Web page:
Fixed vs Variable Mortgage Decision… here is how to do the math!

January 30, 2019 | Posted by: Calum Ross

Fixed vs Variable Mortgage Decision… here is how to do the math

Year over year perhaps the most contested issue in the mortgage market is the age old decision of choosing between fixed and variable rate mortgage. Hundreds of thousands of dollars of personal financial research dollars has been poured into making the case and giving the final decisive pearl of wisdom to consumers. What I am about to share with will be wisdom that will work in any set of market conditions, and perhaps most importantly – it will with certainly help you determine the best choice for your own personal risk tolerance and financial circumstances.

Let me first start off by saying this, anyone who tries to suggest whether you should go with a fixed or variable rate mortgage without first taking the time to understand your own long term goals, the longer term picture of you’re your cash flow, and your own individual risk tolerance is a financial professional you should be very wary of. The first thing I must tell you is that anyone who pretends to know what is going to happen with long term interest rates is either delusional or has a grossly exaggerated opinion of themselves.  

At any given point in time Canada’s capital markets represent about 3% or less of global capital markets and our economy in Canada is heavily reliant on exports to our key trading partners. What this means for Canadians and Canadian mortgage consumers is that no matter how closely we watch our own economy we will always be subject to changes in our capital markets (debt and equity markets) as a result of shocks to the global system and particularly shocks to our key trading partner – the United States of America.

So what does this mean to the fixed versus variable decision – let me explain. At any given point in time there is set spread between the difference in the discounted five-year fixed rate (the most popular long-term mortgage product) and the discounted variable rate product. Depending on what is happening at any given point in time this spread increases and decreases in response to movements in the overnight lending rate set by the Bank of Canada and the Government of Canada bond market. This difference in rate represents the premium that any given mortgage consumer has to pay for the peace of mind that longer term fixed mortgage offers consumers. Conversely, the difference in savings for going variable represents the reward for taking on the extra risk of not locking in your rate and protecting you against future potentially unfavourable risk movements.

You see, in reality, the only thing a longer term fixed mortgage does is gives you is a guarantee against your rate and subsequently your payment moving for a longer period of time. In fact, it is essentially an insurance premium that insures you against interest rate risk and like all insurance premiums they change at different points in time and are more or less valuable to different market participants.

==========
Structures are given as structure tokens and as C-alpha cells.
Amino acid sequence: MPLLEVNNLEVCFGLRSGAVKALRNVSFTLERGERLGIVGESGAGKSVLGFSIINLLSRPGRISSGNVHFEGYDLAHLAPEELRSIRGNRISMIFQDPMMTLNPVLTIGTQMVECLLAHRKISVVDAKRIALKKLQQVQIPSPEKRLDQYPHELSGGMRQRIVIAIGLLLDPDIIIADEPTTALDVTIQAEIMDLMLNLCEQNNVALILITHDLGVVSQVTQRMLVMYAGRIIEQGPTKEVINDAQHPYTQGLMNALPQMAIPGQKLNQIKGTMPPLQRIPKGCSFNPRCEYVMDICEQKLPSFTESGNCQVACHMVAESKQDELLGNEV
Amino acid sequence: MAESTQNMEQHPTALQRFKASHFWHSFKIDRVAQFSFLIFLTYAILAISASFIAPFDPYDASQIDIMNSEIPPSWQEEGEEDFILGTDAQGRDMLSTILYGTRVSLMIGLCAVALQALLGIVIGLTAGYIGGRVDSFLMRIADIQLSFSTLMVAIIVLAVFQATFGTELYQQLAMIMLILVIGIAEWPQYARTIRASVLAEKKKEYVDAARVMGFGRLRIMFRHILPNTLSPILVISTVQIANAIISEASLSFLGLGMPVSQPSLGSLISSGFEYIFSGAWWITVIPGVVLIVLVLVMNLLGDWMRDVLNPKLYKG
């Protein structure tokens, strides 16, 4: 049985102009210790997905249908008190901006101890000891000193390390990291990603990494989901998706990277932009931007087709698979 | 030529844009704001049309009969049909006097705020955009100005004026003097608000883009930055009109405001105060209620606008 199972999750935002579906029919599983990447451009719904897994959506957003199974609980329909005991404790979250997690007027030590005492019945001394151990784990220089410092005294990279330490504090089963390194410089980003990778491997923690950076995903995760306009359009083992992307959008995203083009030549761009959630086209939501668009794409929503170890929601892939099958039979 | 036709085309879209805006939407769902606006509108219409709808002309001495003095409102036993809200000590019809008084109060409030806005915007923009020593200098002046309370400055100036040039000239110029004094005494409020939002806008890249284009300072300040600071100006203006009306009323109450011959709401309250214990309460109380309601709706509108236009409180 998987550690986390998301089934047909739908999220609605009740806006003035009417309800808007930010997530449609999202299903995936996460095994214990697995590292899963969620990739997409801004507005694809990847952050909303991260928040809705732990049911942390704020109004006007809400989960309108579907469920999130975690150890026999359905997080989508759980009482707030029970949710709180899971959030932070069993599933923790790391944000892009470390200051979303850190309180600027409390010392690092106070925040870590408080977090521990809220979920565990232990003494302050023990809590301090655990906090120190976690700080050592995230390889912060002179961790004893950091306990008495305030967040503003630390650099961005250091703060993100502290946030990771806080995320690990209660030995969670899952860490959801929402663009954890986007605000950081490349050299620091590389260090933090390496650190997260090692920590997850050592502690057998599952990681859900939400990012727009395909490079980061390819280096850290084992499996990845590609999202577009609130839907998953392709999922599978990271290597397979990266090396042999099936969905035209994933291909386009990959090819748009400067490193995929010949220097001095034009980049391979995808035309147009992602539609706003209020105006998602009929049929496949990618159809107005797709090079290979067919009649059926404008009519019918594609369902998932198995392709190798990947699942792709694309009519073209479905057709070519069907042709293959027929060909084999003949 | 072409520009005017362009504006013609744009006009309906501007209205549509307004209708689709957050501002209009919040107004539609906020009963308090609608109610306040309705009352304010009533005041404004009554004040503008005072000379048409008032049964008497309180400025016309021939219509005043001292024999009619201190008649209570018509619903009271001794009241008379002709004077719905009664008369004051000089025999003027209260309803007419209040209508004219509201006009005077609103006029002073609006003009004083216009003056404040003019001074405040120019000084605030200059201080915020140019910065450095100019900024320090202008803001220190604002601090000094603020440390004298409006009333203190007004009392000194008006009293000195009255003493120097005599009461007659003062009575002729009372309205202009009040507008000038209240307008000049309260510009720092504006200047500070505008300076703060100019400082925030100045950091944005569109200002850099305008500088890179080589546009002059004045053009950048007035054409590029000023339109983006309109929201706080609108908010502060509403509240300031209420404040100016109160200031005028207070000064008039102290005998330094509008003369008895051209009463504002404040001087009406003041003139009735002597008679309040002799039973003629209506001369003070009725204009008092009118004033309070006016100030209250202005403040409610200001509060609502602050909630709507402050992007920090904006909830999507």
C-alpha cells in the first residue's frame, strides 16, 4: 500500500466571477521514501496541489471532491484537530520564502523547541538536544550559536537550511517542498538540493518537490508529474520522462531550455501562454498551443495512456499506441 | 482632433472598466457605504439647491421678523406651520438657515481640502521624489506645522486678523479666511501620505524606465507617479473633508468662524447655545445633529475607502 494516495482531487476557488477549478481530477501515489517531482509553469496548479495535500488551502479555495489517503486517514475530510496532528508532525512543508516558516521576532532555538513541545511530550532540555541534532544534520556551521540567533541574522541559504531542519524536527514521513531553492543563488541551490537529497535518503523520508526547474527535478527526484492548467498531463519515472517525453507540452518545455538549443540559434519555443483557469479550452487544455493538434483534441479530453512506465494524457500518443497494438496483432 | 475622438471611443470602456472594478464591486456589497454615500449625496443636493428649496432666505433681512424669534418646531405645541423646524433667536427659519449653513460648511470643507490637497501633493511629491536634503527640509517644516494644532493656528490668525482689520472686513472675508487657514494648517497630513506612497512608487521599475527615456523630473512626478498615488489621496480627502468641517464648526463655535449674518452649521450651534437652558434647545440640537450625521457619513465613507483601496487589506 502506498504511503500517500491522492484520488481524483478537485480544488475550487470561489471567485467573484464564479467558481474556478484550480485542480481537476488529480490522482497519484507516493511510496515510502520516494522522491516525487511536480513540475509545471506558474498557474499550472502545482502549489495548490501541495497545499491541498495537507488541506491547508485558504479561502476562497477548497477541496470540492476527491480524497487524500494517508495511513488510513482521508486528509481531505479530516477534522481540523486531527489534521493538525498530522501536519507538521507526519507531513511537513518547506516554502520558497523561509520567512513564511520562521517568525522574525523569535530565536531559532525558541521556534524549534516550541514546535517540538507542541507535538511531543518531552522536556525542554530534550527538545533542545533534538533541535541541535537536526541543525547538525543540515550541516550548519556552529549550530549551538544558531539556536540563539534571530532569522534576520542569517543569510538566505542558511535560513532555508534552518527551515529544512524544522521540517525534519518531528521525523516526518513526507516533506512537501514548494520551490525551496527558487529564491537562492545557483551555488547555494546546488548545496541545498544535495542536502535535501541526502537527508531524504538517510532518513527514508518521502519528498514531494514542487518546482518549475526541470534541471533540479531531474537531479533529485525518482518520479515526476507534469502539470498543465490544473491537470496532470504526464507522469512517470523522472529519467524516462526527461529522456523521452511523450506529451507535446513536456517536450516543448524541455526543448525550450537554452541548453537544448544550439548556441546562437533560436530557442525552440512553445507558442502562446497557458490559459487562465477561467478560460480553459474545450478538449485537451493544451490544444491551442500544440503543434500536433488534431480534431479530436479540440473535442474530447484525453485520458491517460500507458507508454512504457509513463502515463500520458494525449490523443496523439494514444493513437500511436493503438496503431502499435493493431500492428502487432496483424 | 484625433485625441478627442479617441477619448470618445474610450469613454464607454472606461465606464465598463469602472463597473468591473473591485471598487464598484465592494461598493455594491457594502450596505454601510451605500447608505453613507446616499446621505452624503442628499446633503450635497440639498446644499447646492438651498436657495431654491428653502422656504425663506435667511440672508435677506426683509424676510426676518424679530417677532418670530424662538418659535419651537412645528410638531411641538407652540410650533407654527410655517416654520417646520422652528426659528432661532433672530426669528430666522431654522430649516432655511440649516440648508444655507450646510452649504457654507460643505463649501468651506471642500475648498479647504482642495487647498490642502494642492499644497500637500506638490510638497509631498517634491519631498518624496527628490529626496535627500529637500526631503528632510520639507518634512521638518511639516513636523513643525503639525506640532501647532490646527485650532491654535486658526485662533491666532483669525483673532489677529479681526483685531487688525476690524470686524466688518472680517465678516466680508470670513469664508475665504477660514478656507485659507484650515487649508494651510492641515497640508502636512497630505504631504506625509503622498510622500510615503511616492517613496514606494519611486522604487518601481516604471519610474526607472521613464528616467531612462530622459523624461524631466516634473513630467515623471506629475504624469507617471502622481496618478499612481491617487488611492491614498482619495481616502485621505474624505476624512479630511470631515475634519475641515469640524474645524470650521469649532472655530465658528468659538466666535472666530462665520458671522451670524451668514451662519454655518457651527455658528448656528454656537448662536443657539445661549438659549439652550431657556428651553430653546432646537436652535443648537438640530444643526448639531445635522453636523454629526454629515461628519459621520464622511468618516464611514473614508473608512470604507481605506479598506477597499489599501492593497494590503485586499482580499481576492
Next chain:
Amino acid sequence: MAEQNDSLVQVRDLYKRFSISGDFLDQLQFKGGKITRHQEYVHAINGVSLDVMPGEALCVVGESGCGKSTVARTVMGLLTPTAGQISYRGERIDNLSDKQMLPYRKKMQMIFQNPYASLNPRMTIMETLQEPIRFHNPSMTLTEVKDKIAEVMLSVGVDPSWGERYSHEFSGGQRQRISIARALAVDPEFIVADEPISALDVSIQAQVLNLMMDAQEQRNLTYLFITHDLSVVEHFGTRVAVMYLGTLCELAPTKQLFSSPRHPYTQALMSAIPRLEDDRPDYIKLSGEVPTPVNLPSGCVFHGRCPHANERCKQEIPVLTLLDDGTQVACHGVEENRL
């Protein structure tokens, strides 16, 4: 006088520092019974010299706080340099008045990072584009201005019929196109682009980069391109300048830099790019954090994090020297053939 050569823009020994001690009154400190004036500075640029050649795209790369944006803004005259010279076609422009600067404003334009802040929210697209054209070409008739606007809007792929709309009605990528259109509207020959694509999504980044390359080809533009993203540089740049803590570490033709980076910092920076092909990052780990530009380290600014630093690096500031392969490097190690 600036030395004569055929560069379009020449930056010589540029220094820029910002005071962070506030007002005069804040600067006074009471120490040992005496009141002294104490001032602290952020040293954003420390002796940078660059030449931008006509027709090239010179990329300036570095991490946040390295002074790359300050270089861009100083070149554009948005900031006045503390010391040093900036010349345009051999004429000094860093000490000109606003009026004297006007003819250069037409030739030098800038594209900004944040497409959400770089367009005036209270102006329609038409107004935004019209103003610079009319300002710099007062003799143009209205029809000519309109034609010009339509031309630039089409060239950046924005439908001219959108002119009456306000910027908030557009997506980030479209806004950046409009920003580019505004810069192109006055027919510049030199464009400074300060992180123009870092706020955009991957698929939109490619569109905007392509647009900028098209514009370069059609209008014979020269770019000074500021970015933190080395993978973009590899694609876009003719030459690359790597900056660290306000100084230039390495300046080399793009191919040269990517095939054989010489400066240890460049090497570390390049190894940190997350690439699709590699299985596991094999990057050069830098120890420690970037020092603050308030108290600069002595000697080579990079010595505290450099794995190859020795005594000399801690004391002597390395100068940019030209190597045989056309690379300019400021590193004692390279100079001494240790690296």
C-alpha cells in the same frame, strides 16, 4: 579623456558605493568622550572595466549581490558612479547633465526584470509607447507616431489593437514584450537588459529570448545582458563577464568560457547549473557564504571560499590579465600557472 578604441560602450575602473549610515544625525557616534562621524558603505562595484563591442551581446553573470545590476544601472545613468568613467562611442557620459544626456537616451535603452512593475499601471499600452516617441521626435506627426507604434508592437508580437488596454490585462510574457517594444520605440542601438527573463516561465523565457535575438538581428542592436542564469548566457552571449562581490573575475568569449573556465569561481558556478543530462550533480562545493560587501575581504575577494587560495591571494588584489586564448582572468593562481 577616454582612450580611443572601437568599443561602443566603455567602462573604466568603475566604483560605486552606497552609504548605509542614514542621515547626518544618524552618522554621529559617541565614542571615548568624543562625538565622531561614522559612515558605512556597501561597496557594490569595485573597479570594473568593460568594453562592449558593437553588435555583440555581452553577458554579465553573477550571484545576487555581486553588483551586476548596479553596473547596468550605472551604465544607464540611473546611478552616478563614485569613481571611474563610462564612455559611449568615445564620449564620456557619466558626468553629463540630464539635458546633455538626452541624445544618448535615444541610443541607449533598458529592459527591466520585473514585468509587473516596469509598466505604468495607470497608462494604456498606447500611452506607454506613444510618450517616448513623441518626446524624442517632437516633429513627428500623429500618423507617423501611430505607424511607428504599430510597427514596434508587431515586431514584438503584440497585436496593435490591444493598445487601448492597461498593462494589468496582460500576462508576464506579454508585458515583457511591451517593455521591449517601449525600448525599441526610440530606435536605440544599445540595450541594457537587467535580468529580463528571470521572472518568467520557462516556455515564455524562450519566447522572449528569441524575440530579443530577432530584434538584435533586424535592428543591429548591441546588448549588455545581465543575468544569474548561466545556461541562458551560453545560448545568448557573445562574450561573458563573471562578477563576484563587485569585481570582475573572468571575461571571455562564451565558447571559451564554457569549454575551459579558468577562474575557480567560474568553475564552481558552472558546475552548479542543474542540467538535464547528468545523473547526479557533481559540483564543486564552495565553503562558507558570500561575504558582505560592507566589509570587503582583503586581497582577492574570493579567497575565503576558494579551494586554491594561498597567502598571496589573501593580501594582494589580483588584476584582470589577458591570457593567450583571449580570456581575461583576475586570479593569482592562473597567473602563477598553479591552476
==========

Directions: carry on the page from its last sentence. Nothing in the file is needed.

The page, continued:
The difference between this longer term fixed rate and the variable rates rise and fall in different market conditions. Traditionally at times when inflation is high this difference is greatest where at point the difference was more than 2%. At times when inflation is extraordinarily low the difference in these two rates has been as low as less than 0.5%. Regardless of what the difference in the two rates is, the thing we know for certainty is the relative cost-benefit analysis really comes down to your own tolerance for risk and the math of how much you ultimately pay (cost) for that piece of mind, or stand to gain (save) from taking the extra risk.

 

Only you can ultimately gauge that decision, but if you want to do the math then it is fairly simple. All you need to do is multiply the mortgage balance you have or were considering taking between the difference in the fixed versus variable.

As an example – if you have a $100,000 mortgage and the difference between a competitive fixed rate mortgage and a variable rate mortgage is 1% then the additional premium per year for that peace of mind is $1,000 or $100,0000 x (the difference in interest rates). If you take a look at the math based on this equation and the cost seem reasonable you are likely psychologically suited for a longer term fixed mortgage. If it seems expensive to you then you are likely a good candidate for a variable rate mortgage.

Before I leave you … I will give you one final caveat. There is no amount of financial gain that ever warrants putting yourself under financial duress. When it comes to mortgage or financial decisions the wise consumer does not take on more risk than they can financially handle. The implication – if you can’t afford an upswing in rates then going variable is not a sound decision in any economy.

If you want to discuss the fixed versus variable decision and figure out how to save the most amount of money – we would be happy to help.  Give our office a call at 416-410-9905

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